Abandon all hope, ye who clicked on this article! This is Franchise Fatigue, the biweekly traipsing through the muck and the mire of gaming’s franchises big and small! My name is Brian, and this week I’m going to talk about Sparkster, because this is my outlet and I can do whatever I want.

Although, in all honesty, I probably shouldn’t. As is often the case in the insular world of retro gaming, there’s already been more than enough words written about Sparkster, the cherubic Rocket Knight, courtesy of Hardcore Gaming 101. By all means, go there if you’re even remotely curious about the scant few Sparkster games, since it covers the nitty-gritty of the series pretty well, plus Hardcore Gaming 101 is an invaluable resource everybody who is interested in retro games should regularly look out for and all that jazz.

But I’ll tell you one thing, Hardcore Gaming 101 missed something important about Sparkster. Namely, my own point of view!

One of the bigger aspects of retro gaming that doesn’t necessarily get enough coverage in the discussion of old video games in the same breath at stuff like emulation and collecting is the art of Speedrunning. I’ve been watching a ton of Speedrun videos on YouTube these days, as I was listening to the 8-4 Play podcast one day and the hosts of the show were gushing about some speedrun-related livestreams. That’s something I never even knew about! YouTube is filled with tons and tons of Tool-Assisted Speedrun videos, which are fine if you’re into that sort of thing, or if you do that kind of thing yourself; for me, though, cheating-free speedrunning is where it’s at. Just an insane human with video-gaming superpowers doing things the game isn’t supposed to let you do so that you can finish the game in record time.

One of the games that popped up was Konami’s Rocket Knight Adventures. And I thought, “Oh, wait! I used to speedrun that game myself, all the time! I was speedrunning through a game before I even knew what speedrunning was!”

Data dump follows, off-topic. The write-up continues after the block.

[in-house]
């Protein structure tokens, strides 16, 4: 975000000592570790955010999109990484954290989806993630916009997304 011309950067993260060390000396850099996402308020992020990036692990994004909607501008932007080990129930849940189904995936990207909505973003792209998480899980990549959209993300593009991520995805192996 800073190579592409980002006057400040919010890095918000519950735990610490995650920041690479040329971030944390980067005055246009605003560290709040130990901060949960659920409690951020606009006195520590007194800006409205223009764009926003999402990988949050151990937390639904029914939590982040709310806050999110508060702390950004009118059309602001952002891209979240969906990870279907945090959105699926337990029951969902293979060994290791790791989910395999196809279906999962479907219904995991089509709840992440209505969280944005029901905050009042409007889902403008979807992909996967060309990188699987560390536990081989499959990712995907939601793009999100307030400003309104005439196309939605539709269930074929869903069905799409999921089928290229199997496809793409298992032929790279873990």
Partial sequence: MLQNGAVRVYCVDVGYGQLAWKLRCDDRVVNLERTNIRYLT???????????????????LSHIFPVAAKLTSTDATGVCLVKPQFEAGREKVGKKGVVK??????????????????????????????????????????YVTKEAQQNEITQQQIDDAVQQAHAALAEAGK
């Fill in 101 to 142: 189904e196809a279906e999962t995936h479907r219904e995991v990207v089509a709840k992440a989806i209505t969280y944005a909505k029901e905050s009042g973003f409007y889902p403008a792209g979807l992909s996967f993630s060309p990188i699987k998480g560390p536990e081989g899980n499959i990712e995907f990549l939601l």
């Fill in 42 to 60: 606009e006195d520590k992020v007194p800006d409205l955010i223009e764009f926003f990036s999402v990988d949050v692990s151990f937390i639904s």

Of course, the crux of the entire franchise – all 3 of ’em- is that you’re Sparkster, the Rocket Knight, who defends a kingdom of animal-people from evil pigs or wolves or lizards, depending on which of the games you’re playing. You’ve got a jetpack strapped to your back that can fire in short bursts, and will send you flying like a lunatic through each of the stages – however, the jetpack isn’t entirely accurate most of the time, so if you’re just flying around all willy-nilly, chances are you’ll blast yourself straight into one-hit fiery or spiky death.

 The magazine ad, in case you need some ‘TUDE in your otherwise humdrum day.

That was one of the joys of the original Genesis game, Rocket Knight Adventures. The game was less of a “traditional” mascot 2D platformer, and more of what you’d expect from a Konami game by their Contra team, who comprised the majority of Rocket Knight‘s dev team. In other words, it’s a conflagration of cool and weird boss battles, side-view shoot-em-up sections, giant mech battles, and trippy visual effects. With a light dash of 2D platformer levels as a garnish, to tie the rest of the insanity together. Rocket Knight Adventures is one of my all-time favorite games, for a lot of reasons.

One of which is the awesome music. I’ve mentioned this before, but most music on the Genesis sounds like the collective death rattle of a landfill comprised of broken, farting robots, but Konami’s experienced technical wizards wrote their own custom sound software that really created some unique, interesting sounds out of the Genesis’ paltry audio hardware.

The OTHER reason it’s one of my favorite all-time games is that it is NEVER, EVER repetitive! EVERY SINGLE LEVEL is markedly different from the previous one. It’s not a very long game because of it, but you’re never doing the same thing for very long. Look at the game’s first level – where you go from the “typical” 2D platform elements of jetpack-ing it around trees and vines while slicing off the clothing of evil pig warriors, and into a series of boss encounters, to a crazy scene where you have to fight the boss AGAIN while falling through a waterfall, and seamlessly melds into a side-scrolling shoot-em-up stage. It’s brilliant, in other words. In that same way that nearly EVERY 16-bit Konami game was always throwing new and unique ideas at the player to keep things fresh. Think of all the crazy visual tricks in Super Castlevania IV, or the level variety between both Contra III and Contra: Hard Corps.

And then… we have the sequels.

Dude, Sparkster, eyes up *here*.